Set moon course for...shit.
Special Effects: Space 1999 had better special effects, and particularly sets, than Star Trek had. That is to say that the sets did not consist of spray painted cardboard and randomly blinking kitchen appliances. They were still nothing to write home about and the costumes made many of the characters look like fruit flavored marshmallow treats.
Cast: Good actor Martin Landau had the hideous misfortune to be cast in the lead role of Commander Koenig, but even he fell prey to the curse of TV Science Fiction. The curse is to ridiculously overact because you have to play up the drama since the special effects are so horrible. The supporting cast was mediocre and forgettable and made even more so because the costumes on the show made it impossible to take any of them seriously.
Shit Factor: Very few people even know this show existed, and that's probably just as well.
Story: Sam Beckett is being sent through time for one reason or another and the machine controlling his travel malfunctions completely - for about 100 episodes. Instead of simply depositing Beckett in the middle of a mountain or something it makes him sort of "possess" the body of various people throughout different decades of recent history. He is assisted by a holographic wise-cracking Dean Stockwell and has to solve a gosh-darn crisis to correct the time line before he is randomly transported again. The show barely even qualifies as science fiction since the only things that really made it sci-fi were the jumps at the beginning and the end and Dean Stockwell's character. Each episode was essentially a moral problem or mystery that had to be solved in an all too touchy-feely sort of way before Sam could teleport again and shovel through someone else's crap. 90% of the episodes were boring or trite, about 2 % were actually good, and the other 8% were in the last season when they introduced all this stupid shit like evil Soviet time travelers and the like.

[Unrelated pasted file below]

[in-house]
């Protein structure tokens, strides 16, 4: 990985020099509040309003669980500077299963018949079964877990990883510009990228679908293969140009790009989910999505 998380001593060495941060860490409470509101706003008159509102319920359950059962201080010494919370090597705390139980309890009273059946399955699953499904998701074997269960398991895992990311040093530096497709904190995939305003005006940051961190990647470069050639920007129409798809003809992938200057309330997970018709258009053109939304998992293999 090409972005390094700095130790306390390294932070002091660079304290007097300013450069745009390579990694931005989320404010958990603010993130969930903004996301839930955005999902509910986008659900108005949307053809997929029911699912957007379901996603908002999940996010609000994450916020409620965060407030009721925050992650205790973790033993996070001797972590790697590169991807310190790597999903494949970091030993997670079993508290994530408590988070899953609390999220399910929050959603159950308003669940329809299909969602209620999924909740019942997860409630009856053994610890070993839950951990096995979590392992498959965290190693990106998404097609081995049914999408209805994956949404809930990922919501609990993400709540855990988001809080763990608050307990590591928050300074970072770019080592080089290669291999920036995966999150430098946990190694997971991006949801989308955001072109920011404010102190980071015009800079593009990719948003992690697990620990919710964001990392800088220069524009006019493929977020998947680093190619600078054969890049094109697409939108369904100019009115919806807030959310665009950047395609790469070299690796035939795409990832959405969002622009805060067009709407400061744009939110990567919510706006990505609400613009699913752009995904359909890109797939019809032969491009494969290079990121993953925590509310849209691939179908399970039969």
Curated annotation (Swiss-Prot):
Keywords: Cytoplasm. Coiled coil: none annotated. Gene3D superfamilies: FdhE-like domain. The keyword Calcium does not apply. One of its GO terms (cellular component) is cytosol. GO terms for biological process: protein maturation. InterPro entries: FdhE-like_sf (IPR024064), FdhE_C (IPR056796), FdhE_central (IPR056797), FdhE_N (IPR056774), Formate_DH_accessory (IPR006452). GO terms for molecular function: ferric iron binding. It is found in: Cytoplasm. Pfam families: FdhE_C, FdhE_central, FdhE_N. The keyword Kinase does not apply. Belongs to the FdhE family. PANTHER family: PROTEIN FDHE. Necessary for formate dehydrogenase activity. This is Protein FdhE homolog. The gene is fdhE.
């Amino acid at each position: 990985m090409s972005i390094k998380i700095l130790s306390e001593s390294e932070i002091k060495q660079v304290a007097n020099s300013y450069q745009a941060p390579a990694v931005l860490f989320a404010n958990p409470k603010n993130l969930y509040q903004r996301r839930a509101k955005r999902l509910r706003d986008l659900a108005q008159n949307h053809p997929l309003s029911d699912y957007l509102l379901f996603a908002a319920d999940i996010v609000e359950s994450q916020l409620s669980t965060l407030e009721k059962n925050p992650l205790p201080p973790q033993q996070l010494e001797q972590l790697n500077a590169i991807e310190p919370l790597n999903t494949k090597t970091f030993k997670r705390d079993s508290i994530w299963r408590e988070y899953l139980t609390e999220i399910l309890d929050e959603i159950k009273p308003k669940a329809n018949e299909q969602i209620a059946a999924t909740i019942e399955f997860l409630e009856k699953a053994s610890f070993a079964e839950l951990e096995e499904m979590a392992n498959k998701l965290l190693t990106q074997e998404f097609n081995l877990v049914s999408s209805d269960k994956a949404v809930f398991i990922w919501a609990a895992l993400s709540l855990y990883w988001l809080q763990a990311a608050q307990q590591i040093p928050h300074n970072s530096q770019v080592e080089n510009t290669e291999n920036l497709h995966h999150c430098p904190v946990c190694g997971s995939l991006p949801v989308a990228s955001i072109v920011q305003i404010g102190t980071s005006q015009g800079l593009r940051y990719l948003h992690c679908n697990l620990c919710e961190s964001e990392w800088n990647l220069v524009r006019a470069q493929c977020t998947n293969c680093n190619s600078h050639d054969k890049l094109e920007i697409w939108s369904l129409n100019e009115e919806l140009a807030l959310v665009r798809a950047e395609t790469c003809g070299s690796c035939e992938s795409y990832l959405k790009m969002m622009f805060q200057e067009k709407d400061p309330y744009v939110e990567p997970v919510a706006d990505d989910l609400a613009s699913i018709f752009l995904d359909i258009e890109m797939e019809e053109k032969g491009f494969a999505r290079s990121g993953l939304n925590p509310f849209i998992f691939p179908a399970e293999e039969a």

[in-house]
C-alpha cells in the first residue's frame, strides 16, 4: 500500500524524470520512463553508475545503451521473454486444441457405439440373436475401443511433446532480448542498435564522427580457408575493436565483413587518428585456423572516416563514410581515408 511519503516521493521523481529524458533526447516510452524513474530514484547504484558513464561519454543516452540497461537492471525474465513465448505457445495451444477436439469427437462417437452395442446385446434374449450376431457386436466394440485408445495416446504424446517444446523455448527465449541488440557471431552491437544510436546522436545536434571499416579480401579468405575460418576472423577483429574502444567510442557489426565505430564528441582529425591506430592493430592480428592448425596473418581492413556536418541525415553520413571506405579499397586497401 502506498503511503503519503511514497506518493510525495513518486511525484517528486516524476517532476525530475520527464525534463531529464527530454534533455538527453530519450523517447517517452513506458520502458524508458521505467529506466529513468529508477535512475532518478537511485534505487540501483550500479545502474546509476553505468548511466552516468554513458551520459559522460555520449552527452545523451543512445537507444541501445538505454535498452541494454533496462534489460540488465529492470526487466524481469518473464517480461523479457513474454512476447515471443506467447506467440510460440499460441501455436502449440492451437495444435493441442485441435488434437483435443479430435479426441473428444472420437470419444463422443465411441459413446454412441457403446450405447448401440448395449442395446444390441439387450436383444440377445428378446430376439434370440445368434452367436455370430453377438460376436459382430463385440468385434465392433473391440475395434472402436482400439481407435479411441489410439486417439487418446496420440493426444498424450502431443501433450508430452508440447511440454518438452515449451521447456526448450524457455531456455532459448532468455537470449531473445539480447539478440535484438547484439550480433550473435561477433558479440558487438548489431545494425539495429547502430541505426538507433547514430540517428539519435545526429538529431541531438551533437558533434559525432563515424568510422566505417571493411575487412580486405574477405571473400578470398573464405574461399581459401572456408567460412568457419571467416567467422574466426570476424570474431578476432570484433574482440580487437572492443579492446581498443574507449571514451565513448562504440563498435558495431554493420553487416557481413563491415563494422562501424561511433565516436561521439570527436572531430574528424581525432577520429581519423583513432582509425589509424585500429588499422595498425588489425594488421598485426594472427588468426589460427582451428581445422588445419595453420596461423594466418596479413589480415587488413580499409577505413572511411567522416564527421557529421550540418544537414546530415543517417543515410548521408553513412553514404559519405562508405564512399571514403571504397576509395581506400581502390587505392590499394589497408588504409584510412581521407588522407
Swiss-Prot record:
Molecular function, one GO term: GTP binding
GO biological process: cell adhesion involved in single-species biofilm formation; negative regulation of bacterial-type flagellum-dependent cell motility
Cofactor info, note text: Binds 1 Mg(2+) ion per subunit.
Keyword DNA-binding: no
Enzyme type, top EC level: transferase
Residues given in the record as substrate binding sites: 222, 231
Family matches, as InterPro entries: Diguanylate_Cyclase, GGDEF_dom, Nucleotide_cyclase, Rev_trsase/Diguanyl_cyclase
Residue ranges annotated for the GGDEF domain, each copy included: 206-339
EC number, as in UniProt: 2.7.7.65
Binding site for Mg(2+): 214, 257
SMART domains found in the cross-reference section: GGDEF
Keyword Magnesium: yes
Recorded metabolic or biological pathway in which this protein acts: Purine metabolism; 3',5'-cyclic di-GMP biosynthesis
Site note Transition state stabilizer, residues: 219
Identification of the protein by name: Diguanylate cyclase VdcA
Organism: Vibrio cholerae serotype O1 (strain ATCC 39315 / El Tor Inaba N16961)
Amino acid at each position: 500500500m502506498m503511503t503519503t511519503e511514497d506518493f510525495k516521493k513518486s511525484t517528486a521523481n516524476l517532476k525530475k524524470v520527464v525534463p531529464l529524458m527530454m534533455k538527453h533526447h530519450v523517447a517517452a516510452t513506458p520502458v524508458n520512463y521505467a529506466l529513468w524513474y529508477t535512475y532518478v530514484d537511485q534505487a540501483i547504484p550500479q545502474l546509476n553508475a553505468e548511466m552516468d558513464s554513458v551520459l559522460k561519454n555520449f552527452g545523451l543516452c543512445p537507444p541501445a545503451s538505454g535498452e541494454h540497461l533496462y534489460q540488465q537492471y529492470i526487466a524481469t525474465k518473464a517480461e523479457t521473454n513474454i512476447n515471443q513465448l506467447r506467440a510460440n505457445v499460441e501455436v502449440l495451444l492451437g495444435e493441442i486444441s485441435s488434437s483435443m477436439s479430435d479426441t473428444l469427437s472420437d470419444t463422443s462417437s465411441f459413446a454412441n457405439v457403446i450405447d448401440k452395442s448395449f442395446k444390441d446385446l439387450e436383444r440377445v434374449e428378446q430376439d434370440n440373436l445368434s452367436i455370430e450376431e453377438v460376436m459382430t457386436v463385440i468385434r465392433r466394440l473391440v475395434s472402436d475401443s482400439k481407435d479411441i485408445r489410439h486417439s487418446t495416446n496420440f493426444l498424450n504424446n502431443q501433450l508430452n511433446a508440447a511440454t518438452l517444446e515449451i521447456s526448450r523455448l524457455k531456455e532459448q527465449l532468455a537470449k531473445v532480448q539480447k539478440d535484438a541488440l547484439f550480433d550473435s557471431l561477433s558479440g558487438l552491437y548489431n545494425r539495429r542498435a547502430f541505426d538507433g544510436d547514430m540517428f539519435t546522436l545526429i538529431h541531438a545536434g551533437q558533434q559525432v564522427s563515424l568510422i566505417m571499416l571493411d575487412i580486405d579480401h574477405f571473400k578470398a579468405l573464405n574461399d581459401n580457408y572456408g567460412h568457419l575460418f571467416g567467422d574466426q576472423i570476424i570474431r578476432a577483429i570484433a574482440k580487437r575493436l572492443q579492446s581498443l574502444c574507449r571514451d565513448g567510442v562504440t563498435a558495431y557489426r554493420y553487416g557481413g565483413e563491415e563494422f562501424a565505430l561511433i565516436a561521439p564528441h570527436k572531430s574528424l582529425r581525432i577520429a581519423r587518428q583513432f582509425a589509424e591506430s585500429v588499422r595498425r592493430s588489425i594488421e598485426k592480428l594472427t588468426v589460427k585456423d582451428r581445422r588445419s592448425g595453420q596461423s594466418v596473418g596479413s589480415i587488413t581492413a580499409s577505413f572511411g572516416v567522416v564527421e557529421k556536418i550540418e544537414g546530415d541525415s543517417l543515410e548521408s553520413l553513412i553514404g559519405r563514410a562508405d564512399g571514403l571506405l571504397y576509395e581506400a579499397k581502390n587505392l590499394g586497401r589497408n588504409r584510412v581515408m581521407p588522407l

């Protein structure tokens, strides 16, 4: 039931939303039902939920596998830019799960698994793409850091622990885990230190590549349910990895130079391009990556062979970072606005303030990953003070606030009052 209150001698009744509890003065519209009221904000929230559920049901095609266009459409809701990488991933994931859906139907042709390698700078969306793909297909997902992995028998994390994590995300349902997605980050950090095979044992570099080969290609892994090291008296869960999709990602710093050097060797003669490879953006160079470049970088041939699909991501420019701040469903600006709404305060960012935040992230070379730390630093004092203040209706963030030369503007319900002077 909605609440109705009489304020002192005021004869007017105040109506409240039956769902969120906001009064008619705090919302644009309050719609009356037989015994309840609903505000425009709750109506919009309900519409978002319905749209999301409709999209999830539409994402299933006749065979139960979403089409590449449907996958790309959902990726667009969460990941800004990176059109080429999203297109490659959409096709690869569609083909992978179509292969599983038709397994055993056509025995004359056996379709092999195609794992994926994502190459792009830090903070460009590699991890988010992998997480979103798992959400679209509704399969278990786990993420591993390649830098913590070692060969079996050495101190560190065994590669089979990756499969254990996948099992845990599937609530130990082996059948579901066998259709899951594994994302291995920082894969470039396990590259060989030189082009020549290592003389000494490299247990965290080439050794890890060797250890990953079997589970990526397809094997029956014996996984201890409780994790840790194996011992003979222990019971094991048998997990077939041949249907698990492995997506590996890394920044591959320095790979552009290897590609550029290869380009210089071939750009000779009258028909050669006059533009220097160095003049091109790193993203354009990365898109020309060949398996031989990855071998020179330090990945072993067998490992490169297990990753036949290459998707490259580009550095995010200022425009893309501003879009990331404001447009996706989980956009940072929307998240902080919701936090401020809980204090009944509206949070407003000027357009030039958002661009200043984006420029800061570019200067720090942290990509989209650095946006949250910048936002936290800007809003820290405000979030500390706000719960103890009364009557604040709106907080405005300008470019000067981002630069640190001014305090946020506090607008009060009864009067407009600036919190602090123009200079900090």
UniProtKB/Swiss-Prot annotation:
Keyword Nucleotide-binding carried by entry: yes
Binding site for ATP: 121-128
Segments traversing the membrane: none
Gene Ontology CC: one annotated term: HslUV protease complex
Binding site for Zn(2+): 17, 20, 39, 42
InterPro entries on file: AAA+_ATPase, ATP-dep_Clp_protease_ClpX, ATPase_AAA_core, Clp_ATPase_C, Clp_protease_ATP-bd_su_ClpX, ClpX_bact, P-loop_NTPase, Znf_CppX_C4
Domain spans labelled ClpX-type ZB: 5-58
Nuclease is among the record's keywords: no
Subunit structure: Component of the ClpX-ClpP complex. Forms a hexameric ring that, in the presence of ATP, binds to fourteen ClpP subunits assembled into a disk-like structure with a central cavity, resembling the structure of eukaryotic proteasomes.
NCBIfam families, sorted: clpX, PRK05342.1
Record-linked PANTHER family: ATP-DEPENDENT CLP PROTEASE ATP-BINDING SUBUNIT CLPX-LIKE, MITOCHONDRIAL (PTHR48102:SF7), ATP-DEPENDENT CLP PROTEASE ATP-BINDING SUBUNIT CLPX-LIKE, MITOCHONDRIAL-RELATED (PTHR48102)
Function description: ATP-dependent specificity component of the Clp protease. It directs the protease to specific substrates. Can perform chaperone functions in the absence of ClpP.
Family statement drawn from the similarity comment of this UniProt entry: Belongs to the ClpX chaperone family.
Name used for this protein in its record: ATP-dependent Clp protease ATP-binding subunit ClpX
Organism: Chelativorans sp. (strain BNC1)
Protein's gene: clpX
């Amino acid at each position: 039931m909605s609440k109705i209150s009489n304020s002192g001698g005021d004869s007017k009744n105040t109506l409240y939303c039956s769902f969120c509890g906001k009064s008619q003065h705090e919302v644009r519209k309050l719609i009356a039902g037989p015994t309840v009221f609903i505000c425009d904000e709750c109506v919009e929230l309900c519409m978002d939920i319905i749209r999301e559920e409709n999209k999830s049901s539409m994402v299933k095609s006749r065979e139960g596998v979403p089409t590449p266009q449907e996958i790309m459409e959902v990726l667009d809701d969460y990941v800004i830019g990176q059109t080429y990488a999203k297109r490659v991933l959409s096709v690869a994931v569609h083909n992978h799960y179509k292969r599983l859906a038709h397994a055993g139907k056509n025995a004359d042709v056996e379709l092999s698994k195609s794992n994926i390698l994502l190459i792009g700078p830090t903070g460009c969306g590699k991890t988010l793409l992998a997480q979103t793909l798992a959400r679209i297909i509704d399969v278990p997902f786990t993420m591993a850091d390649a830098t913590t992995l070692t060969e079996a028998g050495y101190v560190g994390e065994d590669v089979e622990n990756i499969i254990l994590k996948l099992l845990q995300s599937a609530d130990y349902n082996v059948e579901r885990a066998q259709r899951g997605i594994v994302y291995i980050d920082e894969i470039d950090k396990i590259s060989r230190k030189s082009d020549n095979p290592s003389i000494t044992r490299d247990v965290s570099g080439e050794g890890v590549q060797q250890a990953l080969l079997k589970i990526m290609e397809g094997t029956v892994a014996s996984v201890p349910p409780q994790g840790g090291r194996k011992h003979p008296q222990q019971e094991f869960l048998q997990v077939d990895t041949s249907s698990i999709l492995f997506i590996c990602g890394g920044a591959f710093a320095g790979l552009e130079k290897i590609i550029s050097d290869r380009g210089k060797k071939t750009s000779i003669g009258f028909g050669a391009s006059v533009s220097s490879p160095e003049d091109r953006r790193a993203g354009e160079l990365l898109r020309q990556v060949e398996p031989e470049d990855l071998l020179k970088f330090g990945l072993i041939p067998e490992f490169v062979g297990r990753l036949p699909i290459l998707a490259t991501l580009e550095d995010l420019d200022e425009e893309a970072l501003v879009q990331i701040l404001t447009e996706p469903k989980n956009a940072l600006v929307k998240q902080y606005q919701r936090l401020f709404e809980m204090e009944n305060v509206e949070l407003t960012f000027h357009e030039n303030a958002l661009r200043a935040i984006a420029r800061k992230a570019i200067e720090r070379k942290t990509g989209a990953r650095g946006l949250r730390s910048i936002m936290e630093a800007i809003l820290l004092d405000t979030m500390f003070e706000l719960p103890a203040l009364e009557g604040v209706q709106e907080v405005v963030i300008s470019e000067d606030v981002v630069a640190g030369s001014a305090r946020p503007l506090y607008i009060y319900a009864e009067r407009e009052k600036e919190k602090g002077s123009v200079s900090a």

Special Effects: The special effects in Quantum leap were minimal, consisting of a few relatively well done film effects. Where they really pussied out on the show is with almost never having Sam teleport anywhere interesting. He never went to another country (except for Vietnam), never went back to the Stone Age to solve a dinosaur's moral problem, never teleported into Hitler and had to win World War II. It was for the most part home-spun melodrama with no place for splashy special effects.
Cast: Scott Bakula and Dean Stockwell both fill their roles pretty well, but the unnecessary drama with Stockwell's character and any episode where Sam jumped into a woman made the show painful to watch at times. If anything the cast tended to be the strong point of Quantum Leap, as they usually got competent supporting actors.
Shit Factor: It is not even science fiction. The creators of Quantum Leap just wanted an excuse to have drama vignettes throughout history and managed to string it together by having a time travel theme thrown in. Interesting way to do a drama variety hour? Maybe, but not science fiction.
Star Trek: The Next Generation